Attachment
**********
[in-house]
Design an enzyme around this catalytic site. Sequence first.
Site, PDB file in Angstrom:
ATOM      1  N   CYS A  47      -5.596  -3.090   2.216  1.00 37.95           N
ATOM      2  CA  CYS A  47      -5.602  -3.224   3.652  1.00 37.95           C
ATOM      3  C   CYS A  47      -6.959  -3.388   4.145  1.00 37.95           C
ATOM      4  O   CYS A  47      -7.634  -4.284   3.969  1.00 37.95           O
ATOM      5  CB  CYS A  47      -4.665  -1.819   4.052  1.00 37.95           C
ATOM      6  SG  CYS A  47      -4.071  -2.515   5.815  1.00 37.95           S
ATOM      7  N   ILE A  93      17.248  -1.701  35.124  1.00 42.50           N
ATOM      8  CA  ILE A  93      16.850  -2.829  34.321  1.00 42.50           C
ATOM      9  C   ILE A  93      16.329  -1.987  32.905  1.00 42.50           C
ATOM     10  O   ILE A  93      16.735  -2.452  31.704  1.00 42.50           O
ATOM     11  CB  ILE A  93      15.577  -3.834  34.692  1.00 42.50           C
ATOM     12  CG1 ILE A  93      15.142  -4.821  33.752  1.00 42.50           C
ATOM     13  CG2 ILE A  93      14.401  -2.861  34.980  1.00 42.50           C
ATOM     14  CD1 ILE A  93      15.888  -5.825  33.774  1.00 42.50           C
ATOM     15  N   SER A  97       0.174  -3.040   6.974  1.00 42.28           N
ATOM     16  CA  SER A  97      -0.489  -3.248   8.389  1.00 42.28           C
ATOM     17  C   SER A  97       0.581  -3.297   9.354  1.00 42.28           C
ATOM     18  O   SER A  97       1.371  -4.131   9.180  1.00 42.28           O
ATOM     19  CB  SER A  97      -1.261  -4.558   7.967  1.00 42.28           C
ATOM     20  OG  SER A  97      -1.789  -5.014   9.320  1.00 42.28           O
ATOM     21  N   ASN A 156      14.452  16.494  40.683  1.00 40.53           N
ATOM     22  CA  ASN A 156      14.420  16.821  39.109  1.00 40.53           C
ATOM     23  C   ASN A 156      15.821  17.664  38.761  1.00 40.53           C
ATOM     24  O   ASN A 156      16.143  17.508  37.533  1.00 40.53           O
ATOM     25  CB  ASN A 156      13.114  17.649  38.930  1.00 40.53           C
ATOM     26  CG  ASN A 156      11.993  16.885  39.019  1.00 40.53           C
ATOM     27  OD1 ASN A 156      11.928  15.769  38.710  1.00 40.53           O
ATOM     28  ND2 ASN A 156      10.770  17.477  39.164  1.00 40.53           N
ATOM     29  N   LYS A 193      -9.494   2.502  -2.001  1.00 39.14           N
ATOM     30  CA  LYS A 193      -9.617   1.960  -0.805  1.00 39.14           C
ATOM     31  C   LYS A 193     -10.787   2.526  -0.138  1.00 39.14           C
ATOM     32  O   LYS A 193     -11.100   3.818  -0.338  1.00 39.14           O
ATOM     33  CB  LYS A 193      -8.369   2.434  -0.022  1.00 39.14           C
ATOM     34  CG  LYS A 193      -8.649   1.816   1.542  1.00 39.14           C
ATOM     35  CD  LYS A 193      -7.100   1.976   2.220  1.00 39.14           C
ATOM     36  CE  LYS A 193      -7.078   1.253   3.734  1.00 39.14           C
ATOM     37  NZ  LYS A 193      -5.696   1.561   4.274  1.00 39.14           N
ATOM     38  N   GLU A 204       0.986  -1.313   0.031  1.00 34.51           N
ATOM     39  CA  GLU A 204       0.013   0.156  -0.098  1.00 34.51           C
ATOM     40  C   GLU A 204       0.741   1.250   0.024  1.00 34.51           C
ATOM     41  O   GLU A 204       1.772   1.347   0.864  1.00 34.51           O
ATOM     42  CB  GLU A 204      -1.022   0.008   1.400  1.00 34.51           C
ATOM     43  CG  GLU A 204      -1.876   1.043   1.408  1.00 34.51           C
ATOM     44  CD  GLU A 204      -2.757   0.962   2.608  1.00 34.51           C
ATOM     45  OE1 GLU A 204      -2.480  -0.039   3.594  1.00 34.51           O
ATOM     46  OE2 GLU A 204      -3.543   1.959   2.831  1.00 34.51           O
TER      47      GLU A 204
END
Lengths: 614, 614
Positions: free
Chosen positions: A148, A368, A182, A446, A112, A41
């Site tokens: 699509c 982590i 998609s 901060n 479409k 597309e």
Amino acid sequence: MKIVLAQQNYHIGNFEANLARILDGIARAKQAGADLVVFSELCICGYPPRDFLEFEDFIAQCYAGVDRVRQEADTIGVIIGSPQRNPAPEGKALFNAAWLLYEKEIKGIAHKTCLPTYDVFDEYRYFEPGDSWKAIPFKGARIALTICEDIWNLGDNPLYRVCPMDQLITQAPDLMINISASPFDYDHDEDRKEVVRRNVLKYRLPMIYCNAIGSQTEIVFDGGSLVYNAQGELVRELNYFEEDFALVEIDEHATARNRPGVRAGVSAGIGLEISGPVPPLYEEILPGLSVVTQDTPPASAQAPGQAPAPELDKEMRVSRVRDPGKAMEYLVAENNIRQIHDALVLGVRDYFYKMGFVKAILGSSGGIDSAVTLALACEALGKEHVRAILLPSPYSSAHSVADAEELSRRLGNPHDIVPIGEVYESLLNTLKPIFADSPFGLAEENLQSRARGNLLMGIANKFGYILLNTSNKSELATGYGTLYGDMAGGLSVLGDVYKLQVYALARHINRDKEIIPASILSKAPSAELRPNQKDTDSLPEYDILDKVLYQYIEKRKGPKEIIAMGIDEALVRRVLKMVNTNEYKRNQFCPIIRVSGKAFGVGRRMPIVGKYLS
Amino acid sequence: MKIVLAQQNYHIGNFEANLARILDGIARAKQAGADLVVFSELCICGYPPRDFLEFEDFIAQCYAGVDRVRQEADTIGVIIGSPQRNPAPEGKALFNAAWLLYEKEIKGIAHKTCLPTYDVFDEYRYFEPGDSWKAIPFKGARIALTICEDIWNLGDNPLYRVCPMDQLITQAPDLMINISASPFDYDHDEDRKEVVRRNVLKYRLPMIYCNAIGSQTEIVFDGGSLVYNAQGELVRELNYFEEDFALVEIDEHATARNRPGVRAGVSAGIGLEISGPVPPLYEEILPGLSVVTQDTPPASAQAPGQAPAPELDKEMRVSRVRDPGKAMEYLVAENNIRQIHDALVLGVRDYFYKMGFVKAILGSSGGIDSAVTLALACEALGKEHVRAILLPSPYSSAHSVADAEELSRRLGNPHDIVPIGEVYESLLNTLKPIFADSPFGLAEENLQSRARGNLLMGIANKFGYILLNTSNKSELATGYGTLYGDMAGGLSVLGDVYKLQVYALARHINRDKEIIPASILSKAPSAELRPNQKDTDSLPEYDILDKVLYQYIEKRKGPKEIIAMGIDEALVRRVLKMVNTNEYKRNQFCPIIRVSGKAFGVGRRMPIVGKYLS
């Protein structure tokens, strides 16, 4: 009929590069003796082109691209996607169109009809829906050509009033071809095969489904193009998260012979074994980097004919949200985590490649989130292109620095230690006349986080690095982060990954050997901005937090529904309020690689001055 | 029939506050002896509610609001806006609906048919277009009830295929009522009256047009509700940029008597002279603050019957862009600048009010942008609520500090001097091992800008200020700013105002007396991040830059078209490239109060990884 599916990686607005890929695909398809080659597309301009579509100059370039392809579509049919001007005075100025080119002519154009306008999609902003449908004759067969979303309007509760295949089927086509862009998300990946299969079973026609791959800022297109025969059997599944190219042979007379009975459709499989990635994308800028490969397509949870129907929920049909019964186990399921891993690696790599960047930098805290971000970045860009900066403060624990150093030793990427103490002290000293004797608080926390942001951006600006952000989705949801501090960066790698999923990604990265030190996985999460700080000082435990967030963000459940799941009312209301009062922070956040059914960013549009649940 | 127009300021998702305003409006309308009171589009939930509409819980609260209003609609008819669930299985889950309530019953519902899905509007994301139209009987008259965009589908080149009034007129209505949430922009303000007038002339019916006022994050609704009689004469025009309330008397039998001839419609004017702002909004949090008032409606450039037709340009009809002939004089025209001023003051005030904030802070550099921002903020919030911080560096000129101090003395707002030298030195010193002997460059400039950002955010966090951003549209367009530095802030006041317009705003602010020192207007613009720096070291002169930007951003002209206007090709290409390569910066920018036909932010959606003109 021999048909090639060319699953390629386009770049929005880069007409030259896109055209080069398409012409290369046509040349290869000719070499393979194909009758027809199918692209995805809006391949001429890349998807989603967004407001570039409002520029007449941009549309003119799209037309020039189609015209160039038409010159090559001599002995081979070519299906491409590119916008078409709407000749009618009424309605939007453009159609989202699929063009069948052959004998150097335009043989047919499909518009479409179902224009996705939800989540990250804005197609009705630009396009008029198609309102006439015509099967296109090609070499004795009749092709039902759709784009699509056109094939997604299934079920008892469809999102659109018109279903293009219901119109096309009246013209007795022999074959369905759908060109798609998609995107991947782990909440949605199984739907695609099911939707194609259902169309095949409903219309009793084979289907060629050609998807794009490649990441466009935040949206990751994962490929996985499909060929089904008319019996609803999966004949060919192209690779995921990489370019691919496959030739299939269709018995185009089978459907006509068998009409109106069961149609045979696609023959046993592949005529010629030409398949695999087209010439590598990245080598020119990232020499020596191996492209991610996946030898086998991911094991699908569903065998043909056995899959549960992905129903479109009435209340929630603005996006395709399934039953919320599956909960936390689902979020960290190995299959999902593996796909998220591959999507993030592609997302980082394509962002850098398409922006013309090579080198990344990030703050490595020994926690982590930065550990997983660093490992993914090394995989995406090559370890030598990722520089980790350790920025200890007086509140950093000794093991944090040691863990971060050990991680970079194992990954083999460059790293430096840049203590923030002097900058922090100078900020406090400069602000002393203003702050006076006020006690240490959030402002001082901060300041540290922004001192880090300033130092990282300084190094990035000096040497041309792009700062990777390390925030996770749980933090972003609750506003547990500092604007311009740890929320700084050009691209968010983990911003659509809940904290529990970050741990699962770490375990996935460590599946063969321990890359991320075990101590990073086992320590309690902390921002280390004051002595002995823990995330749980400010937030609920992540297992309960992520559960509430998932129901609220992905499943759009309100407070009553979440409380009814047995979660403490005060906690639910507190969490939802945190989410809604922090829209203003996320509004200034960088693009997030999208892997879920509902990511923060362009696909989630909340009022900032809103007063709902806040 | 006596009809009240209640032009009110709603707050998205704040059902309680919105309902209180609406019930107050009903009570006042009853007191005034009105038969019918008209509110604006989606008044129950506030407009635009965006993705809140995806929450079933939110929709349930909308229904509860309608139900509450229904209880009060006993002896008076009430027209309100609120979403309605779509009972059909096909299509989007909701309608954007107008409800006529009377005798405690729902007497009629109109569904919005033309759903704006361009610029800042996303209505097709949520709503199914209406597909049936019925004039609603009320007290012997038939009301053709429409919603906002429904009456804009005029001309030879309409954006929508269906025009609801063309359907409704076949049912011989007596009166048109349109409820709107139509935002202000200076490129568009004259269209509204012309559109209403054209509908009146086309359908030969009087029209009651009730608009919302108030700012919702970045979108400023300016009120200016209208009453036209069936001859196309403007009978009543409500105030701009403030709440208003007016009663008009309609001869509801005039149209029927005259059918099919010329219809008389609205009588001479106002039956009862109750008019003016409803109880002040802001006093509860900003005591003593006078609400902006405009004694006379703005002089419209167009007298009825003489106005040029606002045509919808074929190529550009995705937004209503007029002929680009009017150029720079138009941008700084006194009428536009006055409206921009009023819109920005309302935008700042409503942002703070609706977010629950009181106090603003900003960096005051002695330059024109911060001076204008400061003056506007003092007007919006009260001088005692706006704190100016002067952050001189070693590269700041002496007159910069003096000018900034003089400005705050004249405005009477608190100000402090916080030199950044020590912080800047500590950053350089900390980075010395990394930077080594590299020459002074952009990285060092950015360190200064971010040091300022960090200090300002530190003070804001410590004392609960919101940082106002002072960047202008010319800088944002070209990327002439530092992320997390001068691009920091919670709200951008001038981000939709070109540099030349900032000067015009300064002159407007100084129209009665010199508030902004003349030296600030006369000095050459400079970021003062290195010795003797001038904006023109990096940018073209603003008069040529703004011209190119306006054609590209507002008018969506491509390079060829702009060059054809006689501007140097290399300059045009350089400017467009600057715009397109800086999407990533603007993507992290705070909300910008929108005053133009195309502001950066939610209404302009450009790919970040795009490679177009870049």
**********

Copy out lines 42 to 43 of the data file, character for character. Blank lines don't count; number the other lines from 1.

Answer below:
ATOM     39  CA  GLU A 204       0.013   0.156  -0.098  1.00 34.51           C
ATOM     40  C   GLU A 204       0.741   1.250   0.024  1.00 34.51           C